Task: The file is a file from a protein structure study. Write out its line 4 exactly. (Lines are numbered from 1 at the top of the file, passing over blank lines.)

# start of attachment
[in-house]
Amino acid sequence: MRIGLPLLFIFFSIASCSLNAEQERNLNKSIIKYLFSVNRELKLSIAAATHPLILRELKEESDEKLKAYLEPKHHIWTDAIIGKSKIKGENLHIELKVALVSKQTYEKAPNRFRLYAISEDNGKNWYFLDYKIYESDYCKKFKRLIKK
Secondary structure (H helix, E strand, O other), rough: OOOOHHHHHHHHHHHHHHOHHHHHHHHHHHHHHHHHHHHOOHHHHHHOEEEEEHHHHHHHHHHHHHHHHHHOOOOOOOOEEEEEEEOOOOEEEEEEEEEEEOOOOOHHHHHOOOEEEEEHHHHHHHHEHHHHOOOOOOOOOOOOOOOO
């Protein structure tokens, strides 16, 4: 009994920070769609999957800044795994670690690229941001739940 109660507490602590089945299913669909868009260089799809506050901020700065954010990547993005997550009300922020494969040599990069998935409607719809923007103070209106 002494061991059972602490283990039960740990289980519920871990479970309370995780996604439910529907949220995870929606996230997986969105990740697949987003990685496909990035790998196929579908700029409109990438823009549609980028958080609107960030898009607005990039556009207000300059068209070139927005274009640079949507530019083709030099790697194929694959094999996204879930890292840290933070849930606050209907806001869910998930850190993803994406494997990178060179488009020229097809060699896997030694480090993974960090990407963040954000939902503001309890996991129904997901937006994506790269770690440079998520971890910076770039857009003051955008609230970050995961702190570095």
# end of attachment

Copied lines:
């Protein structure tokens, strides 16, 4: 009994920070769609999957800044795994670690690229941001739940 109660507490602590089945299913669909868009260089799809506050901020700065954010990547993005997550009300922020494969040599990069998935409607719809923007103070209106 002494061991059972602490283990039960740990289980519920871990479970309370995780996604439910529907949220995870929606996230997986969105990740697949987003990685496909990035790998196929579908700029409109990438823009549609980028958080609107960030898009607005990039556009207000300059068209070139927005274009640079949507530019083709030099790697194929694959094999996204879930890292840290933070849930606050209907806001869910998930850190993803994406494997990178060179488009020229097809060699896997030694480090993974960090990407963040954000939902503001309890996991129904997901937006994506790269770690440079998520971890910076770039857009003051955008609230970050995961702190570095």